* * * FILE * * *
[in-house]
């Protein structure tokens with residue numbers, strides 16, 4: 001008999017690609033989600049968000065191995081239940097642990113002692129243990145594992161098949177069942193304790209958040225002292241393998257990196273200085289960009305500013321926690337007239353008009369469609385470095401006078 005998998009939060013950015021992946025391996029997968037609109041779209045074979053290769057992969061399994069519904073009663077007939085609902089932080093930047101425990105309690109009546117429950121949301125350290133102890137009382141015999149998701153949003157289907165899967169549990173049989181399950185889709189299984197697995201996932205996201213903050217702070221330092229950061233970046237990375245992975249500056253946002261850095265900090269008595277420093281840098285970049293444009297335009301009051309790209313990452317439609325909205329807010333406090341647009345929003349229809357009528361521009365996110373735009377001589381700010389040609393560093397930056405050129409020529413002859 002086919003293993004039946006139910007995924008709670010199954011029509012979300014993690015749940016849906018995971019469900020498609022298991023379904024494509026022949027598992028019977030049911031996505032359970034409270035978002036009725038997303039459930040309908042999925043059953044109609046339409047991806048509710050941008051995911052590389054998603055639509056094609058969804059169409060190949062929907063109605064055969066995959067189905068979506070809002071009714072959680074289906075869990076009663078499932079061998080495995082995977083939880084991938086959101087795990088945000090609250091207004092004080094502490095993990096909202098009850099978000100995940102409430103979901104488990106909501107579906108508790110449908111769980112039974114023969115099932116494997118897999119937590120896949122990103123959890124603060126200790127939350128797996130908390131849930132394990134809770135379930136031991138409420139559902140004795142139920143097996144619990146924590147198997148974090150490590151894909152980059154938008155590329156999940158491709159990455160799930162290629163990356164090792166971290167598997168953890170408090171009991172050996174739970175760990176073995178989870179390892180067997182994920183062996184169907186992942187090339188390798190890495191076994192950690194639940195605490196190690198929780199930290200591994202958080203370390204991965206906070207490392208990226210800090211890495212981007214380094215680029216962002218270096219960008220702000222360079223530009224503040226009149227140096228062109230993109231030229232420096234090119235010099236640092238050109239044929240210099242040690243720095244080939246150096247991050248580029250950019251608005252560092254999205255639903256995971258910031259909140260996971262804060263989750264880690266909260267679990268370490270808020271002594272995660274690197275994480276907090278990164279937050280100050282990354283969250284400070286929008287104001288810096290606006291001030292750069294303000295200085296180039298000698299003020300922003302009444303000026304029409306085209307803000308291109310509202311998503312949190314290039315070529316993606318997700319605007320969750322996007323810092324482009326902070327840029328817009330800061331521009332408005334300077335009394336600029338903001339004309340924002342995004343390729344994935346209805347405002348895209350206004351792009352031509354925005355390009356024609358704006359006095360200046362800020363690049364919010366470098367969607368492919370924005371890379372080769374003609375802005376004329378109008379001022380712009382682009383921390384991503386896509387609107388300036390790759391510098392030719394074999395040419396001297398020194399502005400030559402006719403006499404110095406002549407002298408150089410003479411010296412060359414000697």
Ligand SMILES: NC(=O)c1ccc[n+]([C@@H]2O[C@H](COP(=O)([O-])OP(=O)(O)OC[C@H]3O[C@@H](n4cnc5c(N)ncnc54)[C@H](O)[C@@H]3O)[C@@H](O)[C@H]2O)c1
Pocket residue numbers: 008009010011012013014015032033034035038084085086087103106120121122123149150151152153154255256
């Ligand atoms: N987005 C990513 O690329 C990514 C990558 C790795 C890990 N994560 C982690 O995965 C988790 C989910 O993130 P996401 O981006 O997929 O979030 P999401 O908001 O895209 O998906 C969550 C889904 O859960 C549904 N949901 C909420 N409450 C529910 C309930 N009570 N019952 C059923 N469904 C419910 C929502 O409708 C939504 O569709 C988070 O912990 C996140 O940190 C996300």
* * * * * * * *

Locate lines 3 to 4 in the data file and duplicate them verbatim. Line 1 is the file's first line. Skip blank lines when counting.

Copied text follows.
Ligand SMILES: NC(=O)c1ccc[n+]([C@@H]2O[C@H](COP(=O)([O-])OP(=O)(O)OC[C@H]3O[C@@H](n4cnc5c(N)ncnc54)[C@H](O)[C@@H]3O)[C@@H](O)[C@H]2O)c1
Pocket residue numbers: 008009010011012013014015032033034035038084085086087103106120121122123149150151152153154255256